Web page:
A new study sheds light on just how dangerous strollers and carriers can be if not used properly.
When you strap your child into a stroller or baby carrier, you assume she's safe, right? I know I do! But an alarming new study out of Nationwide Children's Hospital finds two children suffer a stroller or baby carrier-related injury every hour! And many of the injuries are quite serious.
Consider that most children who get hurt in these types of accidents are under the age of 1 and suffer a fall, or tip out of their supposedly-safe transport gear. In fact, researchers say that over the 21-year study period, more than 360,000 children under the age of 5 were treated in the ER for stroller and carrier-related injuries. Also during that time period, stroller-related traumatic brain injuries more than doubled—from just over 19 percent in 1990 to nearly 42 percent in 2010—while carrier-related head injuries tripled.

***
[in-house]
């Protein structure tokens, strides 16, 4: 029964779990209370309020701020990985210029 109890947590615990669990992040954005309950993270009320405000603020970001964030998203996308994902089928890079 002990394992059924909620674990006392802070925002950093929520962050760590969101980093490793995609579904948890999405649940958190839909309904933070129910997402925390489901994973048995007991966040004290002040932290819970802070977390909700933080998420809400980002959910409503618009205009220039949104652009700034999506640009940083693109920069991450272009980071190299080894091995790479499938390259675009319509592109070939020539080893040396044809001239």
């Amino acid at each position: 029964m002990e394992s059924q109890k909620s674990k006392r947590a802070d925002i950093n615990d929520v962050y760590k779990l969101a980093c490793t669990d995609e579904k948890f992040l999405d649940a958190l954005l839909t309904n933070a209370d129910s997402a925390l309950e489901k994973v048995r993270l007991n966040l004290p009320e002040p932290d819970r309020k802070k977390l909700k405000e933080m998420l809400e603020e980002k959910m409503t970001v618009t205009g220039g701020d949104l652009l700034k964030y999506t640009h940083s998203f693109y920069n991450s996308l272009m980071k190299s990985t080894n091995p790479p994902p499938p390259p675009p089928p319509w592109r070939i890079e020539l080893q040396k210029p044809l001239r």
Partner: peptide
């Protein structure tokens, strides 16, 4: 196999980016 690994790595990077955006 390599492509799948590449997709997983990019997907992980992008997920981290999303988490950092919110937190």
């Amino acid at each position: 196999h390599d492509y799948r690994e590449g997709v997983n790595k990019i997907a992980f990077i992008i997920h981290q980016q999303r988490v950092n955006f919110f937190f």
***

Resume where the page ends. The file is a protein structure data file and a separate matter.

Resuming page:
"The majority of injuries we saw were head injuries, which is scary considering the fact that traumatic brain injuries (TBIs) and concussions in young children may have long-term consequences on cognitive development," said Kristi Roberts, MS, MPH, study author and research associate in the Center for Injury Research and Policy at Nationwide Children's Hospital.
- New parent? Sign up for our free Parents Daily for Babies newsletter
But as Roberts explained to Parents.com, "It is likely that increased awareness of [TBI and] concussion resulted in more conservative diagnoses of head injuries that previously may have been diagnosed as a less severe injury rather than a true increase in incidence."
She offers these tips for ensuring baby rides safely in a stroller or carrier:
- First and foremost, always follow the manufacturer's guidelines and check for recalls.
- Resist the urge to overload your stroller with other stuff.
- Don't let a little sibling push.
- Make sure that travel systems with carriers are properly locked in.
I also recommend never walking away from your baby while he or she is in the stroller; it's something I've done, just for a second, to maybe grab an item in a store, or run back into the house for my keys, and in light of this study, I'm realizing this is another opportunity for baby to tip over.
What other stroller safety tips do you live by?
Melissa Willets is a writer/blogger and a mom. Follow her on Twitter (@Spitupnsuburbs), where she chronicles her love of exercising and drinking coffee, but never simultaneously.